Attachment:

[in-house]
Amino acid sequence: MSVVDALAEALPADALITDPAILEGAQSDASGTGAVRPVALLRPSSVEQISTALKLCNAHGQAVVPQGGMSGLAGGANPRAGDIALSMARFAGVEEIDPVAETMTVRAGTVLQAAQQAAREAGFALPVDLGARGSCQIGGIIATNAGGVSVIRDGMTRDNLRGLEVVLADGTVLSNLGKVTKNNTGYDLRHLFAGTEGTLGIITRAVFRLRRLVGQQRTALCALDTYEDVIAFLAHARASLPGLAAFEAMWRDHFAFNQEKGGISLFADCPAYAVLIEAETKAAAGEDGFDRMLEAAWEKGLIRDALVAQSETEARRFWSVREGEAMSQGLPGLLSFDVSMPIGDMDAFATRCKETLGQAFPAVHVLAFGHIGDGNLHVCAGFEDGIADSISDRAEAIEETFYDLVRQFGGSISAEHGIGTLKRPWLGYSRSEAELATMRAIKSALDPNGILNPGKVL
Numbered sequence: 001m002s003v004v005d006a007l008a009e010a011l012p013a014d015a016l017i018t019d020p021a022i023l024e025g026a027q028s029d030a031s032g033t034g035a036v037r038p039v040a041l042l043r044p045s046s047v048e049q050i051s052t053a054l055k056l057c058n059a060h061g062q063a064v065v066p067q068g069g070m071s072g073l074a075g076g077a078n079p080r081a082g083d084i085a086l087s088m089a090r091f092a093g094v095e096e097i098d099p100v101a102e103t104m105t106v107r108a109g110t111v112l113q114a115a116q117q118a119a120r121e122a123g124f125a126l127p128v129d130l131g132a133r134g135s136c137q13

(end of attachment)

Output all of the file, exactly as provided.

[in-house]
Amino acid sequence: MSVVDALAEALPADALITDPAILEGAQSDASGTGAVRPVALLRPSSVEQISTALKLCNAHGQAVVPQGGMSGLAGGANPRAGDIALSMARFAGVEEIDPVAETMTVRAGTVLQAAQQAAREAGFALPVDLGARGSCQIGGIIATNAGGVSVIRDGMTRDNLRGLEVVLADGTVLSNLGKVTKNNTGYDLRHLFAGTEGTLGIITRAVFRLRRLVGQQRTALCALDTYEDVIAFLAHARASLPGLAAFEAMWRDHFAFNQEKGGISLFADCPAYAVLIEAETKAAAGEDGFDRMLEAAWEKGLIRDALVAQSETEARRFWSVREGEAMSQGLPGLLSFDVSMPIGDMDAFATRCKETLGQAFPAVHVLAFGHIGDGNLHVCAGFEDGIADSISDRAEAIEETFYDLVRQFGGSISAEHGIGTLKRPWLGYSRSEAELATMRAIKSALDPNGILNPGKVL
Numbered sequence: 001m002s003v004v005d006a007l008a009e010a011l012p013a014d015a016l017i018t019d020p021a022i023l024e025g026a027q028s029d030a031s032g033t034g035a036v037r038p039v040a041l042l043r044p045s046s047v048e049q050i051s052t053a054l055k056l057c058n059a060h061g062q063a064v065v066p067q068g069g070m071s072g073l074a075g076g077a078n079p080r081a082g083d084i085a086l087s088m089a090r091f092a093g094v095e096e097i098d099p100v101a102e103t104m105t106v107r108a109g110t111v112l113q114a115a116q117q118a119a120r121e122a123g124f125a126l127p128v129d130l131g132a133r134g135s136c137q13